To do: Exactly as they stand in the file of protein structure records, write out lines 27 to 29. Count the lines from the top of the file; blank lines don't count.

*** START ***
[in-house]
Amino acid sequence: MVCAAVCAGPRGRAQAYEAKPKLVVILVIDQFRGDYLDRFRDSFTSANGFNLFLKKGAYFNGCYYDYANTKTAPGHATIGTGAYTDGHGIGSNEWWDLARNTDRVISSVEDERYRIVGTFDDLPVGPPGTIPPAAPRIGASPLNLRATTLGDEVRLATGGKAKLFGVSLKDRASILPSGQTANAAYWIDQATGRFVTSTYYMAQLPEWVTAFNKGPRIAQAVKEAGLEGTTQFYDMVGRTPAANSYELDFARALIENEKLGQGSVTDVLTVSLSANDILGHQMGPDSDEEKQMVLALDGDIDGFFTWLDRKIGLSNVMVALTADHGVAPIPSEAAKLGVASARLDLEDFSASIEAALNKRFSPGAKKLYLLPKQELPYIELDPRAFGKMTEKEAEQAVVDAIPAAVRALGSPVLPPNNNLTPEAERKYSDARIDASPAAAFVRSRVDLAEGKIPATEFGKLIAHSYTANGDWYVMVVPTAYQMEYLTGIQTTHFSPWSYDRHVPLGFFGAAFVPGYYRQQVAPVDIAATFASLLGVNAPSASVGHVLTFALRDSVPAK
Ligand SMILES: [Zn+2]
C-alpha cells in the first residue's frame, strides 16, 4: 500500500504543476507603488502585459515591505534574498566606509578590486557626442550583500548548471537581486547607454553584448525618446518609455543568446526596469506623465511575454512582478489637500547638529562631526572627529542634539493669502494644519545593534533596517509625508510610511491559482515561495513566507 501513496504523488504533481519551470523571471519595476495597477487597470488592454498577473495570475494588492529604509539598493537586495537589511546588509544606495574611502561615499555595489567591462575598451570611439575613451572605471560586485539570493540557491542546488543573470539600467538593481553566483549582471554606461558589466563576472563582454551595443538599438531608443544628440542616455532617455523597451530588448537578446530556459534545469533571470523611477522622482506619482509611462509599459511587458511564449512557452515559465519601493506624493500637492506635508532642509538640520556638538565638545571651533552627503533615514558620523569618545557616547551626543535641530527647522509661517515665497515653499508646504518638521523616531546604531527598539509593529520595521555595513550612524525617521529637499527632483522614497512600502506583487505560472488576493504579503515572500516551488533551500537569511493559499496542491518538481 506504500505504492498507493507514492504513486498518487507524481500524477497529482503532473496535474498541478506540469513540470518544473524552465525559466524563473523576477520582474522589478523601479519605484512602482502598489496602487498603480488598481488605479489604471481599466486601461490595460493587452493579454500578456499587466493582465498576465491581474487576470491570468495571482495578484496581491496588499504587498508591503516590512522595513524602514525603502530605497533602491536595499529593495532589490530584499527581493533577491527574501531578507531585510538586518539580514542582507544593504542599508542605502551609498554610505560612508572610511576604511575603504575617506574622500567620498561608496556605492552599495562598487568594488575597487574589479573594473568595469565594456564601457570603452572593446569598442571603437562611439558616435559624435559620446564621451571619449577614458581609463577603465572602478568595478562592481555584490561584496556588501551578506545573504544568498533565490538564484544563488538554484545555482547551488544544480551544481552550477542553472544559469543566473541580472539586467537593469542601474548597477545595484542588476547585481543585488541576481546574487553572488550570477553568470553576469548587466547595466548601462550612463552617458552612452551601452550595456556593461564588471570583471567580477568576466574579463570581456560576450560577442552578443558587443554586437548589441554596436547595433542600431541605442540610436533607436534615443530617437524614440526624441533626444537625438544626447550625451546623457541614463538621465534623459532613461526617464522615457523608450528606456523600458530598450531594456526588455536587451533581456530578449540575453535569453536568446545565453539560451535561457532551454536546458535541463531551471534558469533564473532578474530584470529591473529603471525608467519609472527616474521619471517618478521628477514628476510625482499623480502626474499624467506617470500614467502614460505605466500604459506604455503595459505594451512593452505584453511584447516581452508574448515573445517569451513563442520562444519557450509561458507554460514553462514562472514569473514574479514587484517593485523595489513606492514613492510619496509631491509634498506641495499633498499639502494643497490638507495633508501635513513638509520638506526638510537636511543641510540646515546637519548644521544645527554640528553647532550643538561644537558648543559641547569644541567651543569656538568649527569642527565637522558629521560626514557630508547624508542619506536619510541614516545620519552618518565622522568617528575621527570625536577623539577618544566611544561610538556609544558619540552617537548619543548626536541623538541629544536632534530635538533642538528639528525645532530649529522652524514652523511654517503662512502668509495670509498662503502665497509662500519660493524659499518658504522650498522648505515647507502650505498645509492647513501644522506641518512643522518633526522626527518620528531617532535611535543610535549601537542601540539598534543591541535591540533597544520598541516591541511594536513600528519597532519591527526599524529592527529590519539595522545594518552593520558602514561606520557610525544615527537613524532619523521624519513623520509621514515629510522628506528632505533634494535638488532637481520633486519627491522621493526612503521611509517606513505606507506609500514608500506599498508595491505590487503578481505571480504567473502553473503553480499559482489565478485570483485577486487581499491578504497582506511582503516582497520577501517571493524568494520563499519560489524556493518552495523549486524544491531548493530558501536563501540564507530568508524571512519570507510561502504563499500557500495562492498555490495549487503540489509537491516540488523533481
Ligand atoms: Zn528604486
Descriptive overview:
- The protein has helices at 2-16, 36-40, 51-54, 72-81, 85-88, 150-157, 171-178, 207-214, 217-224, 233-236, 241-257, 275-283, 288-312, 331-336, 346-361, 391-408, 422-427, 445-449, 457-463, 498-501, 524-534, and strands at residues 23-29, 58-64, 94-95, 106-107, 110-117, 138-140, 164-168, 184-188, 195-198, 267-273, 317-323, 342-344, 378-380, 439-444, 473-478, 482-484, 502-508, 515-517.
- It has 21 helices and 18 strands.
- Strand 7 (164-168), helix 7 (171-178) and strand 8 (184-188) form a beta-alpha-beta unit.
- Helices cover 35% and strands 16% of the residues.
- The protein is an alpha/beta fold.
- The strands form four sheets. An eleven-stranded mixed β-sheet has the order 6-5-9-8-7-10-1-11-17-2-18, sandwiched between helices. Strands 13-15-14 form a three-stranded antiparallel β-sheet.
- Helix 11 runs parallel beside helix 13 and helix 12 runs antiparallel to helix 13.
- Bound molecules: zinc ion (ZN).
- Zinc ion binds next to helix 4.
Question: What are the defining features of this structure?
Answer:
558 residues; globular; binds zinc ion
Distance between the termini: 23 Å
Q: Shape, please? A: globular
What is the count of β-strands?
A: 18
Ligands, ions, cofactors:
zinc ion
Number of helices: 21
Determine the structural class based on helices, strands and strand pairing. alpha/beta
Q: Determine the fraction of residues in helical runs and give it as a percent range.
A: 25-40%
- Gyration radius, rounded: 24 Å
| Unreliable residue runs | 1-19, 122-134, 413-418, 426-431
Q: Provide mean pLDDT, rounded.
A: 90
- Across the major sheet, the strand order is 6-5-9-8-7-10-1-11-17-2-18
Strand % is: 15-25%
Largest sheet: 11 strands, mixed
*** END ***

Q: Determine the fraction of residues in helical runs and give it as a percent range.
A: 25-40%
- Gyration radius, rounded: 24 Å